Oil rally faces tidal wave of sup­ply

Tehran Times - - ENERGY -

The oil mar­ket’s two-year bull run is run­ning into one of its big­gest tests in months, fac­ing a tidal wave of sup­ply and grow­ing wor­ries about eco­nomic weak­ness sap­ping de­mand world­wide.

Af­ter top­ping out at more than $75 and $85 a bar­rel just a month ago, both U.S. crude and Brent bench­mark fu­tures have grap­pled with near-re­lent­less sell­ing. For a time, prices had some sup­port on hopes that re­newed U.S. sanc­tions on Iran would force bar­rels off the mar­ket.

That changed in the last week. The world’s three largest pro­duc­ers - Rus­sia, Saudi Ara­bia and the United States - all in­di­cated they were pump­ing at record or near-record lev­els, while the United States said it would al­low waivers that could al­low buy­ers to keep im­port­ing Ira­nian oil, less­en­ing the threat of a sup­ply crunch.

Those fac­tors, along with a spate of re­cent weak eco­nomic re­ports out of China and other emerg­ing mar­kets, have shifted the con­ver­sa­tion back to­ward wor­ries about over­sup­ply, and pushed U.S. fu­tures to lows not seen since April, in­ter­rupt­ing an up­ward move that had con­sis­tently found sup­port dur­ing the rally’s mod­est pull­backs.

The struc­ture of the U.S. crude fu­tures curve had for sev­eral months in­di­cated ex­pec­ta­tions for tighter sup­ply, but fu­ture­dated con­tracts now sug­gest in­vestors think mar­kets could be awash in oil over the com­ing months.

“The mag­ni­tude of re­cent sell­ing is strongly sug­gest­ing that global oil de­mand is weaker than ex­pected as a re­sult of tar­iff is­sues, es­pe­cially be­tween the U.S. and China,” said Jim Rit­ter­busch, pres­i­dent of Rit­ter­busch & As­so­ci­ates.

There has been an ex­o­dus among spec­u­la­tors as well. In the last two weeks, net bullish bets on oil have de­clined to the low­est level in over a year. Sell­ing no­tably ac­cel­er­ated on Thurs­day af­ter U.S. West Texas In­ter­me­di­ate (WTI) crude fu­tures fell be­low $65 a bar­rel, a level that had stood firm in pre­vi­ous sell­offs dur­ing the sum­mer and fall.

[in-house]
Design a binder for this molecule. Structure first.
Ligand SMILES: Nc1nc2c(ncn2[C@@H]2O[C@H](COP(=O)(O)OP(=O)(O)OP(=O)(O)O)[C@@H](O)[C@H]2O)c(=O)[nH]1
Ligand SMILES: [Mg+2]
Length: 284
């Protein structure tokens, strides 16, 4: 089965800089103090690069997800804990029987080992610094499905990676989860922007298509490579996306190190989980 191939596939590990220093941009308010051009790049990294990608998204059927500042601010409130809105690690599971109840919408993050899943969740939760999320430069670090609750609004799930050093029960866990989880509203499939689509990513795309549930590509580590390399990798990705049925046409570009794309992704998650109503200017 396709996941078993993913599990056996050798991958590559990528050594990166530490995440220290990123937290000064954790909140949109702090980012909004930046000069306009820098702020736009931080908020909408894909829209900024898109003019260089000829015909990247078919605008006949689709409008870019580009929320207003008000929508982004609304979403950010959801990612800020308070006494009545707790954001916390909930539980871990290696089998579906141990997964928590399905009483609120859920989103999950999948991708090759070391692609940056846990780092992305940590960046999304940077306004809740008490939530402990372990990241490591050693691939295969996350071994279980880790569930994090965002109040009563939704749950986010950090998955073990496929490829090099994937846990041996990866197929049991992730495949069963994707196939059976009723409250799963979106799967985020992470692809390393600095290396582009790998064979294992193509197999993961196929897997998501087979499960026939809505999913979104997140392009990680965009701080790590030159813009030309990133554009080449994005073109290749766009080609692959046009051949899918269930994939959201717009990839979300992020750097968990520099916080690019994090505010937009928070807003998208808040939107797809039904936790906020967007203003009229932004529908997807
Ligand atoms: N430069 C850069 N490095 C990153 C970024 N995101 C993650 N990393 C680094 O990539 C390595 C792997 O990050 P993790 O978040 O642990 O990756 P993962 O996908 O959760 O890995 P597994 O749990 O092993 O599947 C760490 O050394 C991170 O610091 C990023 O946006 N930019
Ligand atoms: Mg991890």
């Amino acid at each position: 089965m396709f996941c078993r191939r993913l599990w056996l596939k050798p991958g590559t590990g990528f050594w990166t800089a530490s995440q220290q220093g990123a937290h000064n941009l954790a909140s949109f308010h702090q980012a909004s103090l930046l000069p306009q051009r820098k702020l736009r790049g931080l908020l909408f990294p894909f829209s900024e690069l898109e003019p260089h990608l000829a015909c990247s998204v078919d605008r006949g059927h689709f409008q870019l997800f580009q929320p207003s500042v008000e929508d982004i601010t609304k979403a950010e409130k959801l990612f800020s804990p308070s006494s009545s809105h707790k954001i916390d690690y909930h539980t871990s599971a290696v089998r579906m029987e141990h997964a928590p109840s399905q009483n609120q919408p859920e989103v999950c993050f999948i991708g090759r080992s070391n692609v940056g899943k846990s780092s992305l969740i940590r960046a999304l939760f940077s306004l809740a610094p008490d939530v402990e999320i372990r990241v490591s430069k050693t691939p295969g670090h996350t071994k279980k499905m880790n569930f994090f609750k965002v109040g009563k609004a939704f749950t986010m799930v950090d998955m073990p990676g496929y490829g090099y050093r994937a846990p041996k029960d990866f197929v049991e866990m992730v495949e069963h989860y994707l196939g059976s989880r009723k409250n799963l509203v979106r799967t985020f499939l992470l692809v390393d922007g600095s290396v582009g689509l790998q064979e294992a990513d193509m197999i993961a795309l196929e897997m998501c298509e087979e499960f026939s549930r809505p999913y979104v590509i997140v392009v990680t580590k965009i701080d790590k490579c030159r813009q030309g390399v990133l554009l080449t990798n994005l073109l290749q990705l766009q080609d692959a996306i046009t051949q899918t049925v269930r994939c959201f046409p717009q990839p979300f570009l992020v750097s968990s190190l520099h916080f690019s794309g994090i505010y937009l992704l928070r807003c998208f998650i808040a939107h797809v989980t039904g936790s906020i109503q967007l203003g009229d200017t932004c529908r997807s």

The oil mar­ket ran higher in an­tic­i­pa­tion of this week’s for­mal re-im­po­si­tion of sanc­tions against Iran by the United States, and on con­cerns that sup­ply from pro­duc­ers like Saudi Ara­bia would not be able to make up the dif­fer­ence.

How­ever, the U.S. gov­ern­ment said on Fri­day it will tem­po­rar­ily al­low sev­eral coun­tries in­clud­ing South Korea and Turkey to keep im­port­ing Ira­nian oil when U.S. sanc­tions come back into force on Mon­day, spar­ing them for now from the threat of U.S. eco­nomic penal­ties.

Still, some an­a­lysts be­lieve the cur­rent sell­off has come too far, too quickly. Ma­jor OPEC pro­duc­ers won’t be able to add more sup­ply should it be­come nec­es­sary, par­tic­u­larly with pro­duc­tion in Iran, Venezuela and Libya still at risk.

“A loss of 1 mil­lion bpd from Iran, fur­ther de­clines in Venezuela, cou­pled to­gether with geopo­lit­i­cal dis­rup­tion in Libya and Nige­ria could eas­ily wipe out what lit­tle spare ca­pac­ity we have left,” Bern­stein an­a­lysts said this week.

Out­put from the Or­ga­ni­za­tion of the Pe­tro­leum Ex­port­ing Coun­tries, led by Saudi Ara­bia, rose to lev­els not seen in two years. U.S. pro­duc­tion hit a record 11.3 mil­lion bar­rels a day in Au­gust, and Rus­sia’s out­put rose to 11.4 mil­lion bpd, a post-Soviet era peak.

For U.S. crude, the key area to watch is be­tween $64.45 and $64.80, where prices had found sup­port in the past, said Fawad Raza­qzada, an­a­lyst at fu­tures bro­ker­age Forex.com. If oil dips be­low this point, “the path of least re­sis­tance would be to the down­side,” he said.

For Brent, Raza­qzada is watch­ing the range be­tween $69.50 and $69.60 a bar­rel, and if it were to slip be­low that, we could see a much larger cor­rec­tion, he said.

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